Broad Cove from the Storer Road Landing in Bremen. Credit: Anna M. Drzewiecki / Lincoln County News

The project: Solving the mystery.

The mystery: Ongoing bacterial pollution in Broad Cove clam flats, which has led to extended seasonal conditional closures.

With input from clam harvesters at a Feb. 24 meeting, the Bremen Shellfish Conservation Committee discussed terms for a contract with Midcoast Conservancy to carry out further testing and hopefully identify the precise source or sources of recent bacterial contamination.

The contamination has led to seasonal conditional closures, closing off the digging season from June 30 to Nov. 30.

Committee members Boe Marsh, Wendy Pieh and Rand Maker proposed funding not to exceed $10,500, slightly higher than Midcoast Conservancy’s estimated cost for the testing services.

“It’s investing in your families,” Pieh told the harvesters present, many of whom expressed support for the new collaboration with Midcoast Conservancy.

“We want to speed it up, too. That’s our living, you know?” Bremen clamdigger Stephen Prior said.

The contamination-caused closures have put pressure on harvesters by effectively shutting off harvest during what would be the busiest season.

Marsh, who is also a member of the Select Board, said that he had been in communication with the Department of Marine Resources — who oversee closures — and has their support on the project.

“It’s solving a mystery,” Midcoast Conservancy Director of Water and Communications Tim Trumbauer said.

In December 2021, environmental consulting company FB Environmental submitted its report to the Bremen Shellfish Conservation Committee, which outlined findings from testing using a fecal indicator bacteria enterococci. However, the report was only intended as a first step.

The next step, Marsh said, is to determine exactly where it’s coming from.

Midcoast Conservancy’s investigation will build on the findings from FB Environmental. Using different testing methods, Trumbauer said the effort should be able to better determine the type of bacteria, how much is there, and where it is coming from.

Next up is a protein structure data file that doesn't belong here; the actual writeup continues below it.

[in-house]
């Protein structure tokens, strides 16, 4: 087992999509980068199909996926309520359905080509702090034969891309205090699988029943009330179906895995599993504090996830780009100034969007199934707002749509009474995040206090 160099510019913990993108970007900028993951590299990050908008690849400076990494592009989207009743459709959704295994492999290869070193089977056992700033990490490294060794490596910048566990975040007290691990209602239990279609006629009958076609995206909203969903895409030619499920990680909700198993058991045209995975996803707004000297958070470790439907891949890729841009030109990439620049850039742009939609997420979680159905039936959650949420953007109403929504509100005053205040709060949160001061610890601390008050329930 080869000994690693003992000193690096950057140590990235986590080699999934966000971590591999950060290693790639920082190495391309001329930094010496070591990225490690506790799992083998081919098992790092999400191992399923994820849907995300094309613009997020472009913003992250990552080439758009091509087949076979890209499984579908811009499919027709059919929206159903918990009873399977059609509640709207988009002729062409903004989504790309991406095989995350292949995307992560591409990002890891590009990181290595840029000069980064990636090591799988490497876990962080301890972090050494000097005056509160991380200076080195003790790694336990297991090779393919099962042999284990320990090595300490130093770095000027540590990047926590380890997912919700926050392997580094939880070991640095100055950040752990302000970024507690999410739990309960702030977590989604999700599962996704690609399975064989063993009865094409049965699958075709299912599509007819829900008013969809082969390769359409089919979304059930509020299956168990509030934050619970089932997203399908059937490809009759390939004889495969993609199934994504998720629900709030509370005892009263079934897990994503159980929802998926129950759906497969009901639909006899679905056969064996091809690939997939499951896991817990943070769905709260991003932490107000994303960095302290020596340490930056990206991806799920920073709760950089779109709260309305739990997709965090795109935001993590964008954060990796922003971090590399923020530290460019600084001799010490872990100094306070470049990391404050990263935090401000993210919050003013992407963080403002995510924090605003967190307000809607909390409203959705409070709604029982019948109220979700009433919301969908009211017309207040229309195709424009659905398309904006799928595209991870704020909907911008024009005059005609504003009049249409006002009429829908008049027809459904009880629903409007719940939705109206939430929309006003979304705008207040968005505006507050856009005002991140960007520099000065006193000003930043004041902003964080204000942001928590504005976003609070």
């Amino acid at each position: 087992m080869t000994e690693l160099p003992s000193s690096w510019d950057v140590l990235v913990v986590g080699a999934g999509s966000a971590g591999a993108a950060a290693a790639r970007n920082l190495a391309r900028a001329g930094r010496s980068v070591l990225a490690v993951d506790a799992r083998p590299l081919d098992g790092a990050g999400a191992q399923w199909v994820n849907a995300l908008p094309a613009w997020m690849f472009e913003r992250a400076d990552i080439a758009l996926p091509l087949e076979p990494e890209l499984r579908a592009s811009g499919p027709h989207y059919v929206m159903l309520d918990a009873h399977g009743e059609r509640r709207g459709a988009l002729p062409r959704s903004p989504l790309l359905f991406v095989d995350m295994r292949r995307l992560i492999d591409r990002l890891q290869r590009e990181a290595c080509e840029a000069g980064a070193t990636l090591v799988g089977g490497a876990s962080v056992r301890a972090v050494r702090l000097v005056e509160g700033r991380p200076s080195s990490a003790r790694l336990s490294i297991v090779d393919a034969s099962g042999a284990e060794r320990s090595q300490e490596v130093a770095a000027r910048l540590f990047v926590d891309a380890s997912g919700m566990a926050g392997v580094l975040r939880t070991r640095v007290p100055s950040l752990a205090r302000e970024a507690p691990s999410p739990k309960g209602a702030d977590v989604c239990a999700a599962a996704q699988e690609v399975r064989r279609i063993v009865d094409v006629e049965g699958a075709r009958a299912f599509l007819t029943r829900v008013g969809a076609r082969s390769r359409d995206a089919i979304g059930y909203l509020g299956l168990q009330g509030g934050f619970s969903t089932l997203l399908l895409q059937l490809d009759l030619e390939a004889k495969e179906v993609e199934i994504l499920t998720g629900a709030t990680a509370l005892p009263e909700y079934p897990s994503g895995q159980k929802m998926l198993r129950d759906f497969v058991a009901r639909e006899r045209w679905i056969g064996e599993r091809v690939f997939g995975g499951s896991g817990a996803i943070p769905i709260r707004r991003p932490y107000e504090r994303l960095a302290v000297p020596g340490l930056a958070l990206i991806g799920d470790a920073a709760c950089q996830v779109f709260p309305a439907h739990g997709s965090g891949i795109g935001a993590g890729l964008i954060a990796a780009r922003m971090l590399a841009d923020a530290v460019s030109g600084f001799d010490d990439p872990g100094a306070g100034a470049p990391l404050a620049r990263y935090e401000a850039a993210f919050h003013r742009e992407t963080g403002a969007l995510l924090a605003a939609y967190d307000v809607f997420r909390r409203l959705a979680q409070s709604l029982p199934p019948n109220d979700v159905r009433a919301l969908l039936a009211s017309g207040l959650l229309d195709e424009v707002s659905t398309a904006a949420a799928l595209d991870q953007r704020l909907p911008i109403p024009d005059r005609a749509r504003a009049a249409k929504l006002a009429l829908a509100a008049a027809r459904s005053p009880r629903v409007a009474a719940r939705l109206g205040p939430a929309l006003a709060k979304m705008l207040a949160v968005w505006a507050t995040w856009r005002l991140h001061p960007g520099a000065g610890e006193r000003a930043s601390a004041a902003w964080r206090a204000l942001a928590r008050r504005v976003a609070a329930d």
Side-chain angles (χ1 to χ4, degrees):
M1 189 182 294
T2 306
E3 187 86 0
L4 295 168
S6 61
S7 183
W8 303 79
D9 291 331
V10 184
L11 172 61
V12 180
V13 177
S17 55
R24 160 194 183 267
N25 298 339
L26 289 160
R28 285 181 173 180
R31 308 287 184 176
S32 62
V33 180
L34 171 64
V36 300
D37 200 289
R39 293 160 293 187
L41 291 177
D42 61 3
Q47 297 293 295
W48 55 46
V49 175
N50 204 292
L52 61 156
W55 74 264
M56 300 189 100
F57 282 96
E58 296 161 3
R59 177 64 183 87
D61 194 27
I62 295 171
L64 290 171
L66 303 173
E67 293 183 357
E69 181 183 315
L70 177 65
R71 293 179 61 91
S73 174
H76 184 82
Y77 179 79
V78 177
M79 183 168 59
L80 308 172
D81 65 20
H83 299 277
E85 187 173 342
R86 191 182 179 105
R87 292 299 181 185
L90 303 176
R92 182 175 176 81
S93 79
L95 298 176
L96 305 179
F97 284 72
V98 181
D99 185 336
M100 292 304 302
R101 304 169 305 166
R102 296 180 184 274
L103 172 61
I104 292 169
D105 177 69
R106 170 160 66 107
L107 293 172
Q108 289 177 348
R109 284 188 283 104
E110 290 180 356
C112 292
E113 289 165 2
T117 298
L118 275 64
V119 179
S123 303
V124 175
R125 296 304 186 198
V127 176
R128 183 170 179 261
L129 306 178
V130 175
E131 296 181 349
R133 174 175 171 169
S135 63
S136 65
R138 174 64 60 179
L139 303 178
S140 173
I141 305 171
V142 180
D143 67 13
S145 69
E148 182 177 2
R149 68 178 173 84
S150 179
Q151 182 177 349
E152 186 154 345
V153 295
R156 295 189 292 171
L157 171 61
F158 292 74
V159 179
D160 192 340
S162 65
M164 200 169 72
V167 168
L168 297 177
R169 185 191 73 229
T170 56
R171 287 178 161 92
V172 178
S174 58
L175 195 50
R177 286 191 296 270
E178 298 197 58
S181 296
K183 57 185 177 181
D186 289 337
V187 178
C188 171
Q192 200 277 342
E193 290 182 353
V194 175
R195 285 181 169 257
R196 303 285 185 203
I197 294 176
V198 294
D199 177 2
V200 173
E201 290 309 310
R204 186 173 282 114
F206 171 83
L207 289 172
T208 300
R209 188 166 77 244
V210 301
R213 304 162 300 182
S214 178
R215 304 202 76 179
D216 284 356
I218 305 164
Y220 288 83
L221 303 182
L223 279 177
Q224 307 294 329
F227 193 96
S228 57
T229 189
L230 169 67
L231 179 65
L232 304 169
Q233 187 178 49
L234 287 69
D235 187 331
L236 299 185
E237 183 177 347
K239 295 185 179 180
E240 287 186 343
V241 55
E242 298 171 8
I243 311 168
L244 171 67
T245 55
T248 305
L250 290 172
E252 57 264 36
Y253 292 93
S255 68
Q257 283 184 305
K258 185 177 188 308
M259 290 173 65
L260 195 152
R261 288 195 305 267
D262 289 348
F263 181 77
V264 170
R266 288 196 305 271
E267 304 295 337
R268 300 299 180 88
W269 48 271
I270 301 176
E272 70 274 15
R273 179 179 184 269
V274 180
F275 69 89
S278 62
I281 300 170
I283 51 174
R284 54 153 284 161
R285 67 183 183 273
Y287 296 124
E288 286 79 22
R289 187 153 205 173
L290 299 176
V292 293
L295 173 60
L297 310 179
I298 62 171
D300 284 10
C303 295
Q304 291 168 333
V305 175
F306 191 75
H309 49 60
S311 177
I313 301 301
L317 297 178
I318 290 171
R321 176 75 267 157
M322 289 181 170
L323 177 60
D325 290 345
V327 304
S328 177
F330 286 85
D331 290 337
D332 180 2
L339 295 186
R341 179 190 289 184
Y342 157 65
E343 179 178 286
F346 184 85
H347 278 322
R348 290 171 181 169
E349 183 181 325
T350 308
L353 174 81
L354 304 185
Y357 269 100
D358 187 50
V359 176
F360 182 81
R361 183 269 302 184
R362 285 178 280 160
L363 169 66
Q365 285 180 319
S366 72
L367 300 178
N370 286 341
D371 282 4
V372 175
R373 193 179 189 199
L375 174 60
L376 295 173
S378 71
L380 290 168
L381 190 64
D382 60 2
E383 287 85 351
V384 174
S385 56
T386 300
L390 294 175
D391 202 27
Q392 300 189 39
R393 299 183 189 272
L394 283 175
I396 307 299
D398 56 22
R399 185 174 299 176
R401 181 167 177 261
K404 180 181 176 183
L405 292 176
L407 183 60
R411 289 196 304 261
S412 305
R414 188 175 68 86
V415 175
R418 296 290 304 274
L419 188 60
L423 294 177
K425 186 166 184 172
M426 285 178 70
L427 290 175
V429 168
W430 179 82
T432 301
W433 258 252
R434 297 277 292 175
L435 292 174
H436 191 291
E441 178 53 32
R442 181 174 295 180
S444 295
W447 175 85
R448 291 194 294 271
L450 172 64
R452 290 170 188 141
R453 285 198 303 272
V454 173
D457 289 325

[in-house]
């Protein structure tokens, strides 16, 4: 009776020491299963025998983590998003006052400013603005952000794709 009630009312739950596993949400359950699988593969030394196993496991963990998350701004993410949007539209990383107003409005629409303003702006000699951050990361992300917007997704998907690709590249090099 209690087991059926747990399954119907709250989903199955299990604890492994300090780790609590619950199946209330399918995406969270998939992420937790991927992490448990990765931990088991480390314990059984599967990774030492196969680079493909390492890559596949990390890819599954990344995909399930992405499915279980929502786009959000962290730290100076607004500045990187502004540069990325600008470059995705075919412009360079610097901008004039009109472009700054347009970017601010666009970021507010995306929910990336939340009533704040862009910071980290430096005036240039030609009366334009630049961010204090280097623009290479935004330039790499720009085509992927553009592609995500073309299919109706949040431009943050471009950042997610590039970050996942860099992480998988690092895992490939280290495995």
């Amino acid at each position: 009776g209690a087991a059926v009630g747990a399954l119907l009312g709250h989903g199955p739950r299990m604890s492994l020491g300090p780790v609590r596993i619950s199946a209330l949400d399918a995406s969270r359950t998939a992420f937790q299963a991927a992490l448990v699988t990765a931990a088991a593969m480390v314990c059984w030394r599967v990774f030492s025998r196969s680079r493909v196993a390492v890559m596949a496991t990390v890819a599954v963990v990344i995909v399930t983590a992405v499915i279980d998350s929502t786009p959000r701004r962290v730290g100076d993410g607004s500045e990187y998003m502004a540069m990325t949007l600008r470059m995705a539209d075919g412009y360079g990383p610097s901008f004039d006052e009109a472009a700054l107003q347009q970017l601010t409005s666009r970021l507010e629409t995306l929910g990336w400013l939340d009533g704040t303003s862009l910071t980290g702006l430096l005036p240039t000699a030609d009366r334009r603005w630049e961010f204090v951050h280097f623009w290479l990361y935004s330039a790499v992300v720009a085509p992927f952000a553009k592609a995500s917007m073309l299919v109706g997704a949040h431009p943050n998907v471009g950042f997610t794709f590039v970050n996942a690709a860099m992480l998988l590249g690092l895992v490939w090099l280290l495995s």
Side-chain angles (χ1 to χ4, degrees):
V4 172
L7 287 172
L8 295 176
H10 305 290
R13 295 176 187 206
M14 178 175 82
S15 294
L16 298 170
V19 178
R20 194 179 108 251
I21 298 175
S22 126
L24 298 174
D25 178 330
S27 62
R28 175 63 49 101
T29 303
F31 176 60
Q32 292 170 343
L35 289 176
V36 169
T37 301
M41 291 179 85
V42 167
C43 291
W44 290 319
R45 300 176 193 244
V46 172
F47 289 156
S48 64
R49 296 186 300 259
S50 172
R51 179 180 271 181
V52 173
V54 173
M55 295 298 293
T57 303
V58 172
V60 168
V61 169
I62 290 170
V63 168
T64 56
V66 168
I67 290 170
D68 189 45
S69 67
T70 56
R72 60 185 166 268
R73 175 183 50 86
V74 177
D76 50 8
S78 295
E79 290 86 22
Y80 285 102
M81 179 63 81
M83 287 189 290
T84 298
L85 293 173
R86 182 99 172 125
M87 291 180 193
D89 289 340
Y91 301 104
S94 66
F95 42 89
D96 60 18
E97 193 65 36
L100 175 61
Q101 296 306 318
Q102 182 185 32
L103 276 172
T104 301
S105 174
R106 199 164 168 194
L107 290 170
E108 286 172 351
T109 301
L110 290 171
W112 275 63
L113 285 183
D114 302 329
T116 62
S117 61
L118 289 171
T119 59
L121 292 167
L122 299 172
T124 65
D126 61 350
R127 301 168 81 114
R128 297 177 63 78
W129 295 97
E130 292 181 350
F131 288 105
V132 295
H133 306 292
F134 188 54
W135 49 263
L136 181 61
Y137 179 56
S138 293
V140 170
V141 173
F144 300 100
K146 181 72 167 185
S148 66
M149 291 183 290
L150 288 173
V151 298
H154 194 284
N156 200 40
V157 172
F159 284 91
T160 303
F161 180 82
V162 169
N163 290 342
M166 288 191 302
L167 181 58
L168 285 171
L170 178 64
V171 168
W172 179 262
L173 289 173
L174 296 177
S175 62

“These samples should be enough to narrow it down,” Trumbauer said.

He noted that the worst case scenario — like a big leaky septic — could also be the best case scenario, because “we could pinpoint it right away.”

But Trumbauer estimated there are likely multiple sources, consistent with FB Environmental’s findings.

The Midcoast Conservancy proposal breaks its work down into three tasks: Quantitative bracket sampling, source tracking sampling, and analysis in the form of a final report. They plan to do both “dry” and “wet” testing, which will help determine whether pollution is coming from septic field leaching or runoff, wet testing taking place after rain.

The harvesters at the meeting wondered aloud at the cause: Could it be from animals? Agricultural runoff? Seasonal septic use? Newly occupied houses?

But no source has yet been confirmed, committee members emphasized. Plus, regardless of what the source is, “as long as it’s there, we can’t dig clams,” Marsh said.

Prior and other harvesters present offered on-the-ground support with testing if needed. But they also urged committee members to think ahead to remediation.

“It’s not enough to learn about it: We’ve got to fix it,” Pieh said, echoing the harvesters, who are facing other challenges like predators in addition to the extended harvest season closures.

She pointed to the recent effort by Waldoboro Shellfish Conservation Committee to address similar contamination on the Medomak River. Through testing to track the source, they were able “to clean up their flats,” Pieh said.

The committee said they will be proactive right away — but that they can’t fix the contamination until they’ve found it. The focus, for now, is on clearly identifying the sources.

If septic tanks are part of the problem, committee members said they would look for funding for those who can’t afford to fix a leaky or problematic tank. Plus, if this ends up being a land pollution issue, too, then other town officials, homeowners, and code enforcement officers will have to get involved.

Marsh reminded meeting-goers that this is not “neighbor against neighbor,” but did encourage any anecdotal information that could help pinpoint the source.

“Let us know what you think could be a problem,” he said.

The committee hopes that public awareness and a proactive effort from the community will help speed up the process of finding and treating contamination sources.

Trumbauer said Midcoast Conservancy will get started testing as soon as ground thaws, estimating early April. Once the investigation is underway, Trumbauer offered to come to meetings with any new data, providing live-time collaboration.

“Transparency is the key here,” he said.

In 2020, DMR extended the Broad Cove seasonal conditional closure until Nov. 30. Due to the bacterial contamination, the area is anticipated to close again to clam harvest this year starting July 1.

The committee remains in close communication with Midcoast Conservancy regarding the contract, which is still a work-in-progress until selectmen review its terms.

Still, harvesters and committee members — and the latest voice in the conversation, Trumbauer — shared a sense of optimistic determination.

“Once we find the pollution, believe me, we are going to stop it,” Marsh said.

This story appears through a media partnership with The Lincoln County News.